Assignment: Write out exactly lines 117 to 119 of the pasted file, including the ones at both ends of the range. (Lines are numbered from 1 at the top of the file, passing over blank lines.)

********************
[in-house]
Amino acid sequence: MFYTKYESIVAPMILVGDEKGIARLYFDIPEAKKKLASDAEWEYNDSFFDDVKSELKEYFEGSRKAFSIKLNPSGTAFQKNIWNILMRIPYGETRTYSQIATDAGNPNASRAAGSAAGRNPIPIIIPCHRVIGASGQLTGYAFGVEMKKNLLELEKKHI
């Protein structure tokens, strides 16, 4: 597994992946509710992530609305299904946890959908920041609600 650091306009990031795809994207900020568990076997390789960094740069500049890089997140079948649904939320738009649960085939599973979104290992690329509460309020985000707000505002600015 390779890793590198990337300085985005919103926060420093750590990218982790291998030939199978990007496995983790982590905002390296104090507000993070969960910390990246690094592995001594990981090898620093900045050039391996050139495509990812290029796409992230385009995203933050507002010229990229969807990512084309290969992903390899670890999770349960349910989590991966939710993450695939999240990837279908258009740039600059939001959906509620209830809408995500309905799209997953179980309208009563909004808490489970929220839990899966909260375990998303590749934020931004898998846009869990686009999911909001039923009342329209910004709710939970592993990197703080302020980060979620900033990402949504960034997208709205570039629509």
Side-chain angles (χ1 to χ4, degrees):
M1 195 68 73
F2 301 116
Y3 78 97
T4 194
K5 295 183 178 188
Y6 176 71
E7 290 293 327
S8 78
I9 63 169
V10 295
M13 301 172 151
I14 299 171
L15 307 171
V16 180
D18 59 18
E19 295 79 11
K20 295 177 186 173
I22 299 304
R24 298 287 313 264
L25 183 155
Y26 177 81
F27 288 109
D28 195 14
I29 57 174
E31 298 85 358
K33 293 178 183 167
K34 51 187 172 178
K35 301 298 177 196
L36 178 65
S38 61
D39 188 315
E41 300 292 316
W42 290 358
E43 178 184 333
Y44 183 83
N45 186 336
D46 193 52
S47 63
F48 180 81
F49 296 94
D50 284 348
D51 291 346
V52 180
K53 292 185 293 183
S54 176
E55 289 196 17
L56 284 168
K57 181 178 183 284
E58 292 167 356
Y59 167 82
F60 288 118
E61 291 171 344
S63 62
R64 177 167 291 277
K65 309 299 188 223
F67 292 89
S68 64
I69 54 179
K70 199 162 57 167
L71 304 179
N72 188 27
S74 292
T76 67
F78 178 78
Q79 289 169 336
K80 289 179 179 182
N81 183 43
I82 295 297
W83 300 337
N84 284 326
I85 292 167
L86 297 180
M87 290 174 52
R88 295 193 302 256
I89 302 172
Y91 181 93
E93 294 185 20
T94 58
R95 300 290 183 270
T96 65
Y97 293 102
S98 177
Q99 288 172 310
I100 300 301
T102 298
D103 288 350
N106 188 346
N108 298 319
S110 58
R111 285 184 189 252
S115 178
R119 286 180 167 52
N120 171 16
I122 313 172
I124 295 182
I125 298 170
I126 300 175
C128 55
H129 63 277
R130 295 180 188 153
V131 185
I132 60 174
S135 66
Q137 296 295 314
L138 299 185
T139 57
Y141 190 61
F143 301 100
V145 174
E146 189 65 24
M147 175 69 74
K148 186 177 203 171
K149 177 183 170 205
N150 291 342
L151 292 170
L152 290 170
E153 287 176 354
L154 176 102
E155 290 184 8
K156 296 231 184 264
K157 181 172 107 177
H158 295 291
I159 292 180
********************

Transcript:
K149 177 183 170 205
N150 291 342
L151 292 170